The politics and policy of disaster response and public health emergency preparedness

The politics and policy of disaster response and public health emergency preparedness I was able to see how the disaster health policies discussed within Congress and members of government affect the facilities in which we work. Depending on which facility I am working in for the week, there is a governing body that requires the facilities to have an emergency preparedness plan. Depending on the body that governs, the individual facility must have a plan that meets the minimum requirements set-up.

At 1415 today, my facility held its quarterly fire drill on second shift. While the staff was not aware this would occur, I had already been notified by the maintenance director who is in charge of hosting the disaster drills once on each shift quarterly. At the sound of the fire alarm going off, an announcement is made notifying staff that there is a code red and the area is also identified via fire panels and verbalized over the speaker system. The fire panels light up red where there is a fire or in this case where the alarm was pulled. This is something staff is taught during their training with the facility upon hire and they practice during drills such as these. Staff members are expected to participate regardless of the department ensuring that all residents within the facility are taken to a safe location, the hallways are cleared, and everyone is accounted for. One individual from each unit is tasked with taking a fire extinguisher to the area announced to help with putting out the fire. After the fire is noted as clear. A head count is done, the in-service is signed off and staff are given pointers where improvement is needed. Each unit discuss best practices and all questions and concerns are addressed.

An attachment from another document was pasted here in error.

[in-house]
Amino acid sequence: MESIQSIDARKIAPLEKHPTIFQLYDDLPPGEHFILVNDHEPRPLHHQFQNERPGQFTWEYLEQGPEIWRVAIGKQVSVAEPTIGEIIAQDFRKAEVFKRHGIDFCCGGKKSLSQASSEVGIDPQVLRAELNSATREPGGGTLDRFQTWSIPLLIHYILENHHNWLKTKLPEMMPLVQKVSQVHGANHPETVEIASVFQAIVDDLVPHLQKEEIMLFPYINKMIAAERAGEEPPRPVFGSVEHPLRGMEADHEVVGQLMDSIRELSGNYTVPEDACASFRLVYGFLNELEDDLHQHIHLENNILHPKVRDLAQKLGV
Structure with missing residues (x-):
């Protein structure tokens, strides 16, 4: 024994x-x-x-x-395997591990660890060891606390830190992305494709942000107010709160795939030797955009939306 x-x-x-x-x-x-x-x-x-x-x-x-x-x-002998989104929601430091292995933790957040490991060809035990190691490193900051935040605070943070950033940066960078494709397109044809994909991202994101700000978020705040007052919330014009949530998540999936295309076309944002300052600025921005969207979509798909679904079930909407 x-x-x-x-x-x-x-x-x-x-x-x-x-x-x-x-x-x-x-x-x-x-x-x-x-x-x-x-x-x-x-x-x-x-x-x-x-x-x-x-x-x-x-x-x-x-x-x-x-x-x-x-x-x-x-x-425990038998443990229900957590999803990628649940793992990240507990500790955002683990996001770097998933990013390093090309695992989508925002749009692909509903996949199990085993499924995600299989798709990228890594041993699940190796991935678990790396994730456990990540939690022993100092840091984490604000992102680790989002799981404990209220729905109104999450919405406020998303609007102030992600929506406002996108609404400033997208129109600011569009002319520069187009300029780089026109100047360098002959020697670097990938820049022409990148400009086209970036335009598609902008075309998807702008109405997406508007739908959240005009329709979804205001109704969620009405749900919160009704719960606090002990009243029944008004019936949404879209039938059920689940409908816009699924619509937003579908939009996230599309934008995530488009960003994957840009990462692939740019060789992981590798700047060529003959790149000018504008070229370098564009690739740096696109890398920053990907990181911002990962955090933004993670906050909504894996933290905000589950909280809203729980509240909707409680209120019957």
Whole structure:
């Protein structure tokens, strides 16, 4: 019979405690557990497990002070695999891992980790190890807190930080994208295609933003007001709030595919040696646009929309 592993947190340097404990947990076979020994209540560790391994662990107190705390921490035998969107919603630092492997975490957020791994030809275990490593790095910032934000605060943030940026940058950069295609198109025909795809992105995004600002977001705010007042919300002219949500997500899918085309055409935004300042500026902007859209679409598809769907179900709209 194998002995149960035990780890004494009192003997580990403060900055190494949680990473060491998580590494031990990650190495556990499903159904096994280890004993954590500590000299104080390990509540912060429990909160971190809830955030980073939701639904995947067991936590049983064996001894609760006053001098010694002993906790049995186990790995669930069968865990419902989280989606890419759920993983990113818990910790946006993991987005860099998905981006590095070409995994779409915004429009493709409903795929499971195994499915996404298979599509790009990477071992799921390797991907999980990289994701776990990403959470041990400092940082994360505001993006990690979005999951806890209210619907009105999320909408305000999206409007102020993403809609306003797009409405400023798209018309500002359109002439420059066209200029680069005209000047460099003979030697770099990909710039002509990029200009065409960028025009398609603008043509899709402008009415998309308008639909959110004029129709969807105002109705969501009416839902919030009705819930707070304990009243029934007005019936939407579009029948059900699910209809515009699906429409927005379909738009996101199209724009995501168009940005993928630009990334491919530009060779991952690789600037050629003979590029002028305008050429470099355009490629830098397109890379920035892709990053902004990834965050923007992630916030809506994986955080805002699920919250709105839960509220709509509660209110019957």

Fire drills only prepare for one type of disaster but based on the facilities location there are other drills that are practiced in an effort to prepare for a disaster such hurricanes or tornadoes. Disaster preparedness is a continuous and integrated process resulting from a wide range of activities and resources rather than from a distinct activity by itself. It requires the contributions of many different areas ranging from training and logistics, to health care to institutional development (Barton, 2009). The idea behind the training exercise is to create a teaching moment that serves as preparation in the event there is an actual disaster.

Health policy does impact nursing practice in this arena greatly. Disaster health policies affect all those impacted by a disaster, including health and human service responders, hospital-based receivers, suppliers, and community members (Mason, Gardner, Outlaw, & O’Grady, 2016). The acute care facility I work in is governed by the Agency for Health Care Administration (AHCA). AHCA gives a 7-page outline for preparation of a comprehensive emergency management plan (CEMP) that each facility is required to have upon submission for review and approval by county emergency management agencies, (AHCA, 1994). Nurses have to actively participate and get involved with policy making because it affects the disaster plan requirements in the areas that we work in and the communities we serve.